Beware of the B.E.C. scam, says a report at fbi.gov. The hackers target businesses and are good at getting what they want.
The hackers first learn the name of a company's CEO or other key figure such as the company's lawyer or a vendor. They then figure out a way to make an e-mail, coming from them, appear to come from this CEO, and send it to employees.
The recipients aren't just randomly selected, either. The hackers do their homework to find out which employees handle money. They even learn the company's particular language, says the fbi.gov article. The company may be a big business, small enterprise and even a non-profit organization.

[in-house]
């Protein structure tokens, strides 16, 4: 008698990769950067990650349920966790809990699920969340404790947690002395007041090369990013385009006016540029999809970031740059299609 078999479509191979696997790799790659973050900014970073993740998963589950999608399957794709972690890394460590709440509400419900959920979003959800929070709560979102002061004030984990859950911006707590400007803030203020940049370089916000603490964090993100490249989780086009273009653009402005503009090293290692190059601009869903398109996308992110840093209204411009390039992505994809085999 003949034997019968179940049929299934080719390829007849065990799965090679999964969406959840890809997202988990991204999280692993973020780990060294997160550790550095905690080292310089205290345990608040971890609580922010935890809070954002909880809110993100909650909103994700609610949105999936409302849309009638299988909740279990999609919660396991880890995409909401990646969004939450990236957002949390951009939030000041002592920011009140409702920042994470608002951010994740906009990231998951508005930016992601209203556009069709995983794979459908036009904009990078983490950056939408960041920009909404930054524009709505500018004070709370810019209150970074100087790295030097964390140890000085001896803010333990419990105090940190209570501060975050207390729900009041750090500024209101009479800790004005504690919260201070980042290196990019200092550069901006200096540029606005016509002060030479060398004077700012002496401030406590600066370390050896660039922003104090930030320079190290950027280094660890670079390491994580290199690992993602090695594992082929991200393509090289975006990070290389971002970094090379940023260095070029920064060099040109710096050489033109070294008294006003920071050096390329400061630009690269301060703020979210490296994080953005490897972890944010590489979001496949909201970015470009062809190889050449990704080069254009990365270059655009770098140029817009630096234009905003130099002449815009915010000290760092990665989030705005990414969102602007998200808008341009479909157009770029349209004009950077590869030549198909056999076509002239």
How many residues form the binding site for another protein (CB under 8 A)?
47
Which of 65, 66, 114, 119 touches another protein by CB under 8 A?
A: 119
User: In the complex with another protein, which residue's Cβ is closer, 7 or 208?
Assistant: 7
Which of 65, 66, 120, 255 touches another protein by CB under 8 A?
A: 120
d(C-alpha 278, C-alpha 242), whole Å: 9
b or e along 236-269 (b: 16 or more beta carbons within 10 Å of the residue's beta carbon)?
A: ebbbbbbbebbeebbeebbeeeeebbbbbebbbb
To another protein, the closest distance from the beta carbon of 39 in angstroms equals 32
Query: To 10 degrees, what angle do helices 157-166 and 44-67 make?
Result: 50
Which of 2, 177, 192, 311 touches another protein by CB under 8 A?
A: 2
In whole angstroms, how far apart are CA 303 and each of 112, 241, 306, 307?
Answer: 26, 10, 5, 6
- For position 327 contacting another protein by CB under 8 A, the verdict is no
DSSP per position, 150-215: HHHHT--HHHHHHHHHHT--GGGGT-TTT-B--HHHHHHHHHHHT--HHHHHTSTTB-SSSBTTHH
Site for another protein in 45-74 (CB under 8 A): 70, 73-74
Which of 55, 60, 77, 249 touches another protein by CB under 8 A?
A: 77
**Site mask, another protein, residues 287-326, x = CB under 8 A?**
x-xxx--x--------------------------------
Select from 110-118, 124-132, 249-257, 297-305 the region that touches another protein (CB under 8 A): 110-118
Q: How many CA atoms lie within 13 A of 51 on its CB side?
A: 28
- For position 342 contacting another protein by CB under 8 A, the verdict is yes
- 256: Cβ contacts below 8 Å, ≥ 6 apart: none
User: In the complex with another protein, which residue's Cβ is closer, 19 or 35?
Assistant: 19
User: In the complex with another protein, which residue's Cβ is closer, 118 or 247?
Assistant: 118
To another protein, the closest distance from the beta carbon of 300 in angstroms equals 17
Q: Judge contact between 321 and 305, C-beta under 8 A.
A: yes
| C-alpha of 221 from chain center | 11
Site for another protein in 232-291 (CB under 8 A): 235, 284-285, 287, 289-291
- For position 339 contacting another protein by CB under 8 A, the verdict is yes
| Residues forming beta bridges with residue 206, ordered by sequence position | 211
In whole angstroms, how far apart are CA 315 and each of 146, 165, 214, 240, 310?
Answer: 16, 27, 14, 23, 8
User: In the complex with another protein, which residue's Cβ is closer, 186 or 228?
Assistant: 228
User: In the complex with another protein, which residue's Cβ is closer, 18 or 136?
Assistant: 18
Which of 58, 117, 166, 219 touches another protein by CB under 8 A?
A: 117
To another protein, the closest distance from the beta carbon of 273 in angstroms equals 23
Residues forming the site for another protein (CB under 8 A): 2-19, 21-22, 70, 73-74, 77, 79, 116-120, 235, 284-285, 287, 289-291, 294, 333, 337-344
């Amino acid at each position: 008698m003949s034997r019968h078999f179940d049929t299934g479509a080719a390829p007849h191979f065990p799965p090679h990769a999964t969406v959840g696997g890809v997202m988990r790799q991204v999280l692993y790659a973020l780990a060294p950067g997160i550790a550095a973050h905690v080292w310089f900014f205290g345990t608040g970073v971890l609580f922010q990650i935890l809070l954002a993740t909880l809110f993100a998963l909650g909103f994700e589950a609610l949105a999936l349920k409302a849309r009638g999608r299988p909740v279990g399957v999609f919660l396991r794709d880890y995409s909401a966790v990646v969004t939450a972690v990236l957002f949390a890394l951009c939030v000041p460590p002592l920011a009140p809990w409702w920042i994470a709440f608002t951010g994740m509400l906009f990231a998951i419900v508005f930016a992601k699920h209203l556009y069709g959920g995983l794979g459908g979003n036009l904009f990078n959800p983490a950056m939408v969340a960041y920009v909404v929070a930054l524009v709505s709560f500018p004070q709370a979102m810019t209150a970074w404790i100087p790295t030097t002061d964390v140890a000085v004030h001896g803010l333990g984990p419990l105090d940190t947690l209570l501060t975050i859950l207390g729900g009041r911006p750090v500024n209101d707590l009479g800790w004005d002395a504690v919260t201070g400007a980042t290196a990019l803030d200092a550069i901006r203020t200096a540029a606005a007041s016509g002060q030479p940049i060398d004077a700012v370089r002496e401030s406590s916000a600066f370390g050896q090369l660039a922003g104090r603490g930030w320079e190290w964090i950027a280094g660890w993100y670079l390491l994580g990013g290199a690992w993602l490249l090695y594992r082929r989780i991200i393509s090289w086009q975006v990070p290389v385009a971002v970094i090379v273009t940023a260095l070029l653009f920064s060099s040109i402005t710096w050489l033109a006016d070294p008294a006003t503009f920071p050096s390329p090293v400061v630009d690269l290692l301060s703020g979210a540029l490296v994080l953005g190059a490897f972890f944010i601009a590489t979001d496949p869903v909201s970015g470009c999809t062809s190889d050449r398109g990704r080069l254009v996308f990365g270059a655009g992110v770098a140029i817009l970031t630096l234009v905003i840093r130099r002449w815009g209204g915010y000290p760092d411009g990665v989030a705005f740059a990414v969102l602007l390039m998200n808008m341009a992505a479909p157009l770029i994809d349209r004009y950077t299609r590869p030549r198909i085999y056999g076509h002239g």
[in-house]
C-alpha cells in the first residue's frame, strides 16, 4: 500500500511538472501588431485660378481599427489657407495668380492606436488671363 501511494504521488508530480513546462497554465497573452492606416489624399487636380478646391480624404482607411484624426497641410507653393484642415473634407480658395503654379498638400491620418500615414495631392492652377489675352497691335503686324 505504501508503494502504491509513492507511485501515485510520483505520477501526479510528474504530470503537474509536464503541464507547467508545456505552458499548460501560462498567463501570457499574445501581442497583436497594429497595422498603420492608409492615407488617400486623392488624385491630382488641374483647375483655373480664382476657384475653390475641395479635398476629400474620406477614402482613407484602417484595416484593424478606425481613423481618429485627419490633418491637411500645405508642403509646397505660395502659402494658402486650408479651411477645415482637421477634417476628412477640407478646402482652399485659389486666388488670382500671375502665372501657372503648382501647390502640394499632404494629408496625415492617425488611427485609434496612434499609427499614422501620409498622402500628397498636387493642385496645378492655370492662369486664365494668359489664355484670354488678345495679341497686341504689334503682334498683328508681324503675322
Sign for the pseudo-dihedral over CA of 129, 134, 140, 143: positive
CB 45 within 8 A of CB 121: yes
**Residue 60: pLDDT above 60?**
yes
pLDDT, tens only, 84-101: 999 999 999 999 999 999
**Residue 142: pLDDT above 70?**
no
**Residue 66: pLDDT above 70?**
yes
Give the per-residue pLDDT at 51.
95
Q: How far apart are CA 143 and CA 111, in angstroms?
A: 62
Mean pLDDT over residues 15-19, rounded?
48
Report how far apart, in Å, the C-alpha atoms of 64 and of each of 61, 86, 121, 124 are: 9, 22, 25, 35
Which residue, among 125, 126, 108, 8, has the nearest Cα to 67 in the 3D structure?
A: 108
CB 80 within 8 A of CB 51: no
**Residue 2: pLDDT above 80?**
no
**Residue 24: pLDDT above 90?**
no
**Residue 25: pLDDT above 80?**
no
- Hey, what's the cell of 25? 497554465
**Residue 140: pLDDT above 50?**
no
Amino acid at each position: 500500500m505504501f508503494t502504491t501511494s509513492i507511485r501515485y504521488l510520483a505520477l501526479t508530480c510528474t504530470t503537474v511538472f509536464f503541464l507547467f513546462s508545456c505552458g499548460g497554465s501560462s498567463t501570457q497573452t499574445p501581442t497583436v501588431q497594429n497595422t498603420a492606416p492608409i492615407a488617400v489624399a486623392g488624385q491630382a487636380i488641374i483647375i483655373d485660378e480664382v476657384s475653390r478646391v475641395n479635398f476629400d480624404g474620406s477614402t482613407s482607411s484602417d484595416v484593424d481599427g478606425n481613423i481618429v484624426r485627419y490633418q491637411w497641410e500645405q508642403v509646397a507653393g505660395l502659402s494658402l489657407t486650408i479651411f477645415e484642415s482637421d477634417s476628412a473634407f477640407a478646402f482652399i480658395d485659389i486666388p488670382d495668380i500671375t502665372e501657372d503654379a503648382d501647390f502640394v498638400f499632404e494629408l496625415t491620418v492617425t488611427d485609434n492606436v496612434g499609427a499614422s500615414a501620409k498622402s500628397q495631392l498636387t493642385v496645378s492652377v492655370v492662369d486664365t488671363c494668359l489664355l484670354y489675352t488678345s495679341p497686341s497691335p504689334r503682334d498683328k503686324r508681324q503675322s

Once they get it all down, they then request a wire transfer of money. This does not raise red flags in particular if the company normally sends out wire transfer payments.
This CEO impersonation scam is quite pervasive, stinging every state in the U.S. and occurring in at least 79 other nations. The fbi.gov article cites the following findings:
Companies or enterprises that are the victim of this scam should immediately contact their bank, and also request that the bank contact the financial institution where the stolen funds were transferred to.
Next, the victim should file a complaint with the IC3.
How can businesses protect themselves from these scam e-mails?